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Netherlands Audio Speakers: Loud Enough to be heard in Space

retroworks (652802) writes | about 9 months ago


retroworks (652802) writes "Located in Noordwijk, Netherlands, and part of ESA's ESTEDC Test Center, is the Large European Acoustic Facility (LEAF). I09, Gizmodo Australia, and The Mail Online run stories about the awesome power of sound amplification system "powerful enough to kill a human being".

LEAF is capable of generating more than 154 decibels, the sound equivalent to standing next to several jets taking off. It is used to blast satellites and spacecraft with sound. Large horns are housed in a sound-proofed room that is 16.4metres tall. One wall of horns stands 11 m wide by 9 m deep and 16.4 m high. The nitrogen that's shot through the horns can produce a range of noise up to more than 154 decibels.

LEAF requires all the doors to be closed, operating in steel-reinforced concrete walls to contain the noise. The walls are coated with an epoxy resin to reflect noise, producing a uniform sound field within the chamber. The article doesn't say whether the knobs go past 11."

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Nothing to do with... (1)

dpilot (134227) | about 9 months ago | (#46134601)

..."loud enough to hear in space" - that's silly, with near-vacuum.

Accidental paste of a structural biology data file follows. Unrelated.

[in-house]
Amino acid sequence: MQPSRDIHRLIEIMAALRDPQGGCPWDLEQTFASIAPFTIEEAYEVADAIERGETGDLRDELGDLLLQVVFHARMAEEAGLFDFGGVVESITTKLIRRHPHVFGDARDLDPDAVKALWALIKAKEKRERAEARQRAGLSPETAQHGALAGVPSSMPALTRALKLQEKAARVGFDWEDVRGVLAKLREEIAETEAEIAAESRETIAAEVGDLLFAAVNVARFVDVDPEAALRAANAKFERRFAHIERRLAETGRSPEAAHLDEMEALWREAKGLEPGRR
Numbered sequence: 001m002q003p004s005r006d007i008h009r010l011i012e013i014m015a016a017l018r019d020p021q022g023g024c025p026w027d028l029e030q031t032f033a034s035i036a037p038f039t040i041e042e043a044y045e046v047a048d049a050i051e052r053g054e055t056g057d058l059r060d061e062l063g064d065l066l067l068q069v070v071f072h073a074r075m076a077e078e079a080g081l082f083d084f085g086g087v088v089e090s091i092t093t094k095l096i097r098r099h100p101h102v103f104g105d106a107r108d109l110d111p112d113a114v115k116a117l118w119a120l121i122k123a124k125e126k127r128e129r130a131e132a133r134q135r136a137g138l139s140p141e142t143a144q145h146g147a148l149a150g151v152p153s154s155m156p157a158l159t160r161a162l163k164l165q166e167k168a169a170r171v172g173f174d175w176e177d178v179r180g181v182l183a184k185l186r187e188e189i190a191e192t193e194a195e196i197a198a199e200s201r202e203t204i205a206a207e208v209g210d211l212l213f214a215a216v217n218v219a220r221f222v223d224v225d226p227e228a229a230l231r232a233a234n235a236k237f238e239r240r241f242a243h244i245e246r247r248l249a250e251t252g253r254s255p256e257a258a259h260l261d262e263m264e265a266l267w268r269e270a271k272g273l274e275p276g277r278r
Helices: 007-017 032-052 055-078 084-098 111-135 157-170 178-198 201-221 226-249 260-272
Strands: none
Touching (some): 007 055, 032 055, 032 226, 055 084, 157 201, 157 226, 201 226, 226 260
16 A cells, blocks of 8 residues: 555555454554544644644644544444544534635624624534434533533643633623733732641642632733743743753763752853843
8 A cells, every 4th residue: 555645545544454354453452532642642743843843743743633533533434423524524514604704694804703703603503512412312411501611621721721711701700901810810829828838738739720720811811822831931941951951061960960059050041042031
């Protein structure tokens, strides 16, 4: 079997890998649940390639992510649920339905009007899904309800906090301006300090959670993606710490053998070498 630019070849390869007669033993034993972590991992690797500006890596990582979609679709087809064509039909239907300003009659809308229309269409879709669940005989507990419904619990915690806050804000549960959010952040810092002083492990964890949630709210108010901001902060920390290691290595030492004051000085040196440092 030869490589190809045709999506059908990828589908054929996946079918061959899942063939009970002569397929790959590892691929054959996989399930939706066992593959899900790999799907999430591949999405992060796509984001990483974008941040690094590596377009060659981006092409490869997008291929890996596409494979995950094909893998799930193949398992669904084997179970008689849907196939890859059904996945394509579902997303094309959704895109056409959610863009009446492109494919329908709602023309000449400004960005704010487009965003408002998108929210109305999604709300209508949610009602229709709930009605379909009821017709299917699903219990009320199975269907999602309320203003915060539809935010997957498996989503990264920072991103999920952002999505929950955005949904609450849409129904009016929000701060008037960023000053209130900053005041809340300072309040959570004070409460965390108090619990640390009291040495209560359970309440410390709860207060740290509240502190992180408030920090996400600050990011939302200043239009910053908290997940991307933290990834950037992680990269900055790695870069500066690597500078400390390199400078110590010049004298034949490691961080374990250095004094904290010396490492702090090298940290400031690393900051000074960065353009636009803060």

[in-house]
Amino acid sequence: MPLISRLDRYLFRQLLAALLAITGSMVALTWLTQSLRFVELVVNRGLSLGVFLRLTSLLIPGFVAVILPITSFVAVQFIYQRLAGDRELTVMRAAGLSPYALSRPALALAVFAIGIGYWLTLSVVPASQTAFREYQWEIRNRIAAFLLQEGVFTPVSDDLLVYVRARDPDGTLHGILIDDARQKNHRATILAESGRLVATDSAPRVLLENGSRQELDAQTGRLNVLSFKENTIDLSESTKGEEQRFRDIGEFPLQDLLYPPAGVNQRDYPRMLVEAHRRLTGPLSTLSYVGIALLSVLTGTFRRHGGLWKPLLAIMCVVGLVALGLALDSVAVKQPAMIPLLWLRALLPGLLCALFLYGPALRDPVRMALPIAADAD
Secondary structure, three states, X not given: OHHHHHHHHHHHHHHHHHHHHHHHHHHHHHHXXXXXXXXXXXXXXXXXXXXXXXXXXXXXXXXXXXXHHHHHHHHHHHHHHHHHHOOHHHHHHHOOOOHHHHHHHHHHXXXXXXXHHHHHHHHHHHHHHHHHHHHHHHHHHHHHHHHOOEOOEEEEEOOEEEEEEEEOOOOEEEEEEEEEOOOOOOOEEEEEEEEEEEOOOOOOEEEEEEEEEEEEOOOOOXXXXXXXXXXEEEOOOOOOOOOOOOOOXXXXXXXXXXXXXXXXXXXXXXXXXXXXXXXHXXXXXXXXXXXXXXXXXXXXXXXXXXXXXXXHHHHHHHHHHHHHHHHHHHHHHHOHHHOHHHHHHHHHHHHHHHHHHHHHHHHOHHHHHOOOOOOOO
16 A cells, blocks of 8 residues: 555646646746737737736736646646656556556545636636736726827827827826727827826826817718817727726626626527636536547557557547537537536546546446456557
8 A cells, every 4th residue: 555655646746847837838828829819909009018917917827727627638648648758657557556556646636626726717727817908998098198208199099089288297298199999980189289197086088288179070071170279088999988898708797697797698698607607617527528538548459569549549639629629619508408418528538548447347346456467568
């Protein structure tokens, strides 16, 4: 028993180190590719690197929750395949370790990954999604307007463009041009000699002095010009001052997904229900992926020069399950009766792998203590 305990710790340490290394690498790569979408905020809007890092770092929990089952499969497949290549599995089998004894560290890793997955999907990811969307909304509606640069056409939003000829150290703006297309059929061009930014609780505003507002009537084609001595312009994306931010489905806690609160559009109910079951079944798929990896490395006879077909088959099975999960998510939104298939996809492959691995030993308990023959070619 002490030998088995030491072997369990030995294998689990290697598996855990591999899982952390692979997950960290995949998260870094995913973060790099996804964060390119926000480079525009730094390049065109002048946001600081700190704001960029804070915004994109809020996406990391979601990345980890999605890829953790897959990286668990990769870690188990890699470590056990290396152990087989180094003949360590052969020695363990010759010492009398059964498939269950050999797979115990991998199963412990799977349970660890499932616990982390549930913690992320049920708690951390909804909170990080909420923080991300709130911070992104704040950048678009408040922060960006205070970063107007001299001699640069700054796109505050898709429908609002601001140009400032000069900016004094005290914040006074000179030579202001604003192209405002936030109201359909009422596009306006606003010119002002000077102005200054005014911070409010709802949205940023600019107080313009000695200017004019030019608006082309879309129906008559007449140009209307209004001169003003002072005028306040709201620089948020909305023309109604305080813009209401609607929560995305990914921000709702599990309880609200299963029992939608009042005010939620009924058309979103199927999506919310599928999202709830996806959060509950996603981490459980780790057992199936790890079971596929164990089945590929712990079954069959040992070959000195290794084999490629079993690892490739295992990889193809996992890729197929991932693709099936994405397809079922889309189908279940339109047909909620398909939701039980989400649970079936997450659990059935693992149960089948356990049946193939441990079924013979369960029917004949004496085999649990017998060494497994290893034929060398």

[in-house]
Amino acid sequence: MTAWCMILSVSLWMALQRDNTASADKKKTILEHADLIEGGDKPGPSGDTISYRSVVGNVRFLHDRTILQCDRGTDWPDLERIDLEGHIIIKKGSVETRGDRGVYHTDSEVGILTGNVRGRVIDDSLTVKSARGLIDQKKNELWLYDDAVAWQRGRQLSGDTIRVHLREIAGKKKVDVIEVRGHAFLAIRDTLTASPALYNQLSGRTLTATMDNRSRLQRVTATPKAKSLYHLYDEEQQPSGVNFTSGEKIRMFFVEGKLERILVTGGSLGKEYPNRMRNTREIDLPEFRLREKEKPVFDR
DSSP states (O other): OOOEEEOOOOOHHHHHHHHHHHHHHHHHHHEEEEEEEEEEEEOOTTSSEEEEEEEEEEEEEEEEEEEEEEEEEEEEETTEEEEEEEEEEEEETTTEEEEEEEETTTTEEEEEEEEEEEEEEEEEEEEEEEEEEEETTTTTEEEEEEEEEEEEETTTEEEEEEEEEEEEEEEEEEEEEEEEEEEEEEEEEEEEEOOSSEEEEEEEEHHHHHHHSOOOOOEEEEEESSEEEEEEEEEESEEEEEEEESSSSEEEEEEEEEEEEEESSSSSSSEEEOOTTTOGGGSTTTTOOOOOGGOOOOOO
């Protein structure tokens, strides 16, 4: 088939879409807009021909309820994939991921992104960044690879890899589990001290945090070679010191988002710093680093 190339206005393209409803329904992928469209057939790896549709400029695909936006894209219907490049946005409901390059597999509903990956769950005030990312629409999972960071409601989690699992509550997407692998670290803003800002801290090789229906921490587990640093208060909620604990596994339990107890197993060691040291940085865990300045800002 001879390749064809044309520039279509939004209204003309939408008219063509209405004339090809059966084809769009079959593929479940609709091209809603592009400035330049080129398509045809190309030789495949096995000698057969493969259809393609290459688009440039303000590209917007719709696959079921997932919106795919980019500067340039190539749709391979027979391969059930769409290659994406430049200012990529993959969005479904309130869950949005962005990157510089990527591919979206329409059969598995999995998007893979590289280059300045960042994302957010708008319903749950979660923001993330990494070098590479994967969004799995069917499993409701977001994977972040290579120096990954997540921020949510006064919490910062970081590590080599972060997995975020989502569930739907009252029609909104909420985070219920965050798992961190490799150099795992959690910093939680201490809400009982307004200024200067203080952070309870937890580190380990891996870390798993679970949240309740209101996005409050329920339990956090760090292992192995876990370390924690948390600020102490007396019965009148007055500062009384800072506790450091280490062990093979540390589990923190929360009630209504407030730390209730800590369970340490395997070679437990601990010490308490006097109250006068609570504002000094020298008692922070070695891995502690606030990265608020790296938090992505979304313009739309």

The setup is for simulating the "sound" of liftoff and early atmospheric flight. There was serious concern about the sound level of the engines shaking the rocket apart at liftoff, which is part of why there's the flood of water. Even though the water is loud, it helps dampen the sound of the rocket exhaust. Then there's the "sound" of flying through the air, to the point that they have to throttle the engines back for a portion of the flight - because of "dynamic pressure." The Challenger disaster happened right after this inteval - the last normall communication was, "go for throttle-up", meaning that they were high enough for the dynamic pressure to have dropped enough that they could put the pedal to the metal, again.

Best sound balance (1)

Okian Warrior (537106) | about 9 months ago | (#46135677)

Researchers further note that the best sound balance is usually to be heard from within large concrete bunkers some thirty-seven miles from the installation.

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